Friday, June 04, 2010

Background checks

Yesterday, we were taken to a local police station to register with the authorities. This is now required of any foreign national residing on a university campus, even if their visit is short. In the past, the university just took copies of our passports. The involvement of the "People's Police" in academic visits is one of many signs that security has tightened in the aftermath of the Olympics.

The experience was routine but unnerving. Yingjuan Tang, who escorted us to the station interpreted for us. She said it was best if I did not let on that I knew some Chinese. The officer who interviewed us, a woman, was very polite but the atmosphere was intimidating. The questions were simple: they wanted to know how long we'd be in China, where we would go, why we were here. She scanned our passports and searched interminably on a bunch of computer screens. She seemed to be doing some type of background check. Afterwards, she printed out forms which she asked us to sign, and stamped them with a big red star representing the People's Republic. I don't think our interviews took more than an hour, but it felt way longer.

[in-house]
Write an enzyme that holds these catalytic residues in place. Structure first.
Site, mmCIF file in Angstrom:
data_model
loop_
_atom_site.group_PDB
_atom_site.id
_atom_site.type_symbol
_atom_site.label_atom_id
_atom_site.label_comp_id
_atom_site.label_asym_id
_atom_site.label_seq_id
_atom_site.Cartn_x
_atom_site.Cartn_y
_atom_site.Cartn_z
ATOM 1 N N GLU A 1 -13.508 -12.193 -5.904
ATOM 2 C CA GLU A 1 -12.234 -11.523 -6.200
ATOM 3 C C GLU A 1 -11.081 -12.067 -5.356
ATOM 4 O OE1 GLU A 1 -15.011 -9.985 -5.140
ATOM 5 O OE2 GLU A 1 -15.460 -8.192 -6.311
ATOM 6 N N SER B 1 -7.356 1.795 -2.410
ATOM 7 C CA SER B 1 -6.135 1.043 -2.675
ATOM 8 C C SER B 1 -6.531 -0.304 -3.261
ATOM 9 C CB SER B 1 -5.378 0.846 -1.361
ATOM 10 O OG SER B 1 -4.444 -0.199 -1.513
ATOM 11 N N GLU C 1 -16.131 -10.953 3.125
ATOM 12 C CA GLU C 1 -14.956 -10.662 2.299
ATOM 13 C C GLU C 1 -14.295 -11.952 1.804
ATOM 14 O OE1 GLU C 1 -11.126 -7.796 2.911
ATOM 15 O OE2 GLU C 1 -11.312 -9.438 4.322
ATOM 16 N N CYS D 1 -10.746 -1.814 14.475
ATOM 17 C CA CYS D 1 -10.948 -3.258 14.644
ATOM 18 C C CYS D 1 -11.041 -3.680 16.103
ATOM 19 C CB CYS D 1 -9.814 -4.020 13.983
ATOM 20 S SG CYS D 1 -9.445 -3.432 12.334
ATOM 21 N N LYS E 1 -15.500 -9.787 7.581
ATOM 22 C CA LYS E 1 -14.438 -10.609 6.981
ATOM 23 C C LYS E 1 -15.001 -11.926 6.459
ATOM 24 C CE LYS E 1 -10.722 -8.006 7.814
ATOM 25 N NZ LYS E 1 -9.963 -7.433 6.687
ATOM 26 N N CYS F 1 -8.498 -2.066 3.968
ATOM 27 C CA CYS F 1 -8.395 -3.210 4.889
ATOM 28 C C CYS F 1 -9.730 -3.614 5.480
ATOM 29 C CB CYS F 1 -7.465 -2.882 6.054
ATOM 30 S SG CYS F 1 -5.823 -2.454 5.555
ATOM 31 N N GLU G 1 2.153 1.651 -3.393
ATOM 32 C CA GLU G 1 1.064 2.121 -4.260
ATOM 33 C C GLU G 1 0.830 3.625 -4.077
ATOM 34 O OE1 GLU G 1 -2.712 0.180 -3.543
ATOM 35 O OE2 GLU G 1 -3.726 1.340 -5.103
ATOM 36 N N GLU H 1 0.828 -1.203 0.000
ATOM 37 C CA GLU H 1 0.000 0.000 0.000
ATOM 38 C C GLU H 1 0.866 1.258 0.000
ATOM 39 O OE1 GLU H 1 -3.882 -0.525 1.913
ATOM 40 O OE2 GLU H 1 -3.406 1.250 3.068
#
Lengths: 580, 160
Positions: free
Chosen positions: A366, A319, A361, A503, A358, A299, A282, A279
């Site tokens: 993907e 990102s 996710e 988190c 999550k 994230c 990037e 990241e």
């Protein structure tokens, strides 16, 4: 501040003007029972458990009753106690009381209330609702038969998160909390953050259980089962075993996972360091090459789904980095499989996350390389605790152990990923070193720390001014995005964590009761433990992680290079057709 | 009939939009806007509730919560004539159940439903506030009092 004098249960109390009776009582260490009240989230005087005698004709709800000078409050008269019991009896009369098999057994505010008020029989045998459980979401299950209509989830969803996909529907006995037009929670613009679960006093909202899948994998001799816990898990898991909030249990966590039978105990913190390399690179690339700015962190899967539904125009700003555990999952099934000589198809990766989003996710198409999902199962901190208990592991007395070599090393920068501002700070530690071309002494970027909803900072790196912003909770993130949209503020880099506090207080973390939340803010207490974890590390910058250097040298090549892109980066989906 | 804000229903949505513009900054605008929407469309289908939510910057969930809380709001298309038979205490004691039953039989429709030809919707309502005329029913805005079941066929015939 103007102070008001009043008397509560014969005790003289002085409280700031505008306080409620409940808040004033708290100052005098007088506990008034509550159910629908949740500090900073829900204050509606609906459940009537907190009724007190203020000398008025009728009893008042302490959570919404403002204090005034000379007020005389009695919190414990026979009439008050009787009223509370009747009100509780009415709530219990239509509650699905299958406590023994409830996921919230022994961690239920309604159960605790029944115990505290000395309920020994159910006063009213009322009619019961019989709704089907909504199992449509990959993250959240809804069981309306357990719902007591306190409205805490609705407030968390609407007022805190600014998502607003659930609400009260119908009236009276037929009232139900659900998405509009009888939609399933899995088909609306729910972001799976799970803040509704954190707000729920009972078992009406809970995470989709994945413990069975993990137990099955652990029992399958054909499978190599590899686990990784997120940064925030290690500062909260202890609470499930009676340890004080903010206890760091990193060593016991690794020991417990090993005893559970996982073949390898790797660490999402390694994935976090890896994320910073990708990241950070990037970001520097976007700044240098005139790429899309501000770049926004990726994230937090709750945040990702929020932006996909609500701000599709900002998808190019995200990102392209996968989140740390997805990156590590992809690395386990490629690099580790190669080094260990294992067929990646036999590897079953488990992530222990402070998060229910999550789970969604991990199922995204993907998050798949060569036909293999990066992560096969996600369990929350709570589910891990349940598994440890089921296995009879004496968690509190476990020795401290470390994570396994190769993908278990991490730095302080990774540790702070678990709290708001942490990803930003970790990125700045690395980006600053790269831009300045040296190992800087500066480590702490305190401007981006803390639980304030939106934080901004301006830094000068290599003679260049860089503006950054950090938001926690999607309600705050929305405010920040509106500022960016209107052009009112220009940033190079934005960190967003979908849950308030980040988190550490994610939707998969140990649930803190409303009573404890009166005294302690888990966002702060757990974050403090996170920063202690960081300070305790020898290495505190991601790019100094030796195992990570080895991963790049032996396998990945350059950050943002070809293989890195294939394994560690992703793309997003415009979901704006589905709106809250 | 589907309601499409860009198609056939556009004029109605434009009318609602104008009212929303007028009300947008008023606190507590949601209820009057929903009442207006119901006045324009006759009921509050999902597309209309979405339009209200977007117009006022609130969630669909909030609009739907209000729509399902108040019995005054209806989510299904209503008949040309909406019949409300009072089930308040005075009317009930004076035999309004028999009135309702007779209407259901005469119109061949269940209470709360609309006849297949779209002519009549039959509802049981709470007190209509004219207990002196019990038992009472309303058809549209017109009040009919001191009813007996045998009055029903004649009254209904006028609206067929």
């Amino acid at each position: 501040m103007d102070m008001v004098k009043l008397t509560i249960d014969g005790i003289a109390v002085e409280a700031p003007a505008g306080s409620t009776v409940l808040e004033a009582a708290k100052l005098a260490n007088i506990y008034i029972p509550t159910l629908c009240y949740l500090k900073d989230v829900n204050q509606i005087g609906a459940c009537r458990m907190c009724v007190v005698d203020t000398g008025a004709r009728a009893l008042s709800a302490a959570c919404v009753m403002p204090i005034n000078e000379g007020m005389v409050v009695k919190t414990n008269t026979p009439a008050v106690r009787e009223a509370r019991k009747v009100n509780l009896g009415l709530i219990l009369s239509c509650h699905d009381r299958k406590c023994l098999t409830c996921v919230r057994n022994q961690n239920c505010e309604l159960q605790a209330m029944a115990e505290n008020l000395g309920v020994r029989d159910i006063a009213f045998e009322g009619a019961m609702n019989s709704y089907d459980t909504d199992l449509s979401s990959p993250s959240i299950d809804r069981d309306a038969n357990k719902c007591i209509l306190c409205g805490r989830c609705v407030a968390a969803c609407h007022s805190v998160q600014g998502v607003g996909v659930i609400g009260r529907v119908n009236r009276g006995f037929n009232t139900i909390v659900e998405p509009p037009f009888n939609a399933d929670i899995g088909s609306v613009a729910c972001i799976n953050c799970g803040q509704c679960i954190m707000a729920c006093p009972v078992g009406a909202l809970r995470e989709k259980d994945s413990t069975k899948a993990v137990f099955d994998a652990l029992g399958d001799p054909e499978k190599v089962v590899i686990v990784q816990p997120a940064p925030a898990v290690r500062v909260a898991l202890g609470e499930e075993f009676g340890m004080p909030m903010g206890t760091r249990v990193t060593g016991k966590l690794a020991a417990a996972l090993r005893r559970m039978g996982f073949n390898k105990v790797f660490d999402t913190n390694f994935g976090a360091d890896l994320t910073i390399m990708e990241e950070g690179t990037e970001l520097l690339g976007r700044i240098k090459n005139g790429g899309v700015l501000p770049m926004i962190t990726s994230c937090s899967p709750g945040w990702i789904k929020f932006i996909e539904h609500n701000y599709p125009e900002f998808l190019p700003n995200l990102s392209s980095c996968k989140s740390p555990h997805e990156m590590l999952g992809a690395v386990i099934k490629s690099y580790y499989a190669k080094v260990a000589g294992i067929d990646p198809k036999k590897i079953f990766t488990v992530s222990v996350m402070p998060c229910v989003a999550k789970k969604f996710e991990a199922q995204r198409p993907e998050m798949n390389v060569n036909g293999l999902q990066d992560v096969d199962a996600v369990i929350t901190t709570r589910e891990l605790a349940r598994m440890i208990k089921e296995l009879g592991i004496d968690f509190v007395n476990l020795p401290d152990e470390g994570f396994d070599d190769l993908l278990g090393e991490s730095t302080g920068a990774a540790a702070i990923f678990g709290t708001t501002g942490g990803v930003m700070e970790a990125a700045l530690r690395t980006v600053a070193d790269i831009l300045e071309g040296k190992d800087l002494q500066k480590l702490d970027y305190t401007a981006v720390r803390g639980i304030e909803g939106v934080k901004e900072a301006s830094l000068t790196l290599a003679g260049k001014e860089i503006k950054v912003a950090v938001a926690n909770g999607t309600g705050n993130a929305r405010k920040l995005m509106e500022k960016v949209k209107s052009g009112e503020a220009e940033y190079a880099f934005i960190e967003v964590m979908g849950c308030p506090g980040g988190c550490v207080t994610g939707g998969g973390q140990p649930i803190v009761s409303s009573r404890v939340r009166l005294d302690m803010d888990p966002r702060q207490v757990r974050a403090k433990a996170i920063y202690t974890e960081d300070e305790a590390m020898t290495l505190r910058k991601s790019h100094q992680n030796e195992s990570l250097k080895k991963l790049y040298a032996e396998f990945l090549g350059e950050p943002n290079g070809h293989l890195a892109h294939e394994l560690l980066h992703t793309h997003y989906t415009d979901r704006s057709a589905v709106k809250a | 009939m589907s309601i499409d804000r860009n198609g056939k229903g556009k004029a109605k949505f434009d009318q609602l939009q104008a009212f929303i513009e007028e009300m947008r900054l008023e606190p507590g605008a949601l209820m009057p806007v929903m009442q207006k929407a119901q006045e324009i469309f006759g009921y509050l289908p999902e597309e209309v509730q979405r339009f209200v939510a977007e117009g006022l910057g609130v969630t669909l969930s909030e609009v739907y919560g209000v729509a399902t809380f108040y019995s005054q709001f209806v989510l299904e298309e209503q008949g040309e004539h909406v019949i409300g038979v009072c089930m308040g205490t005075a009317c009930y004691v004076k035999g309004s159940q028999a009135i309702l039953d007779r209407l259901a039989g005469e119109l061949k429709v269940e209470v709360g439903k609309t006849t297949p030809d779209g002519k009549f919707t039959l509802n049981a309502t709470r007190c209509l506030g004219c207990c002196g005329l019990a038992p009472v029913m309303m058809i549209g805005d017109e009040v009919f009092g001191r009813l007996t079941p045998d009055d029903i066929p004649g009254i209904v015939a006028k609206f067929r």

I don't think we're in Kansas anymore, or Johnson City for that matter.

Pictures: The ubiquitous People's Police

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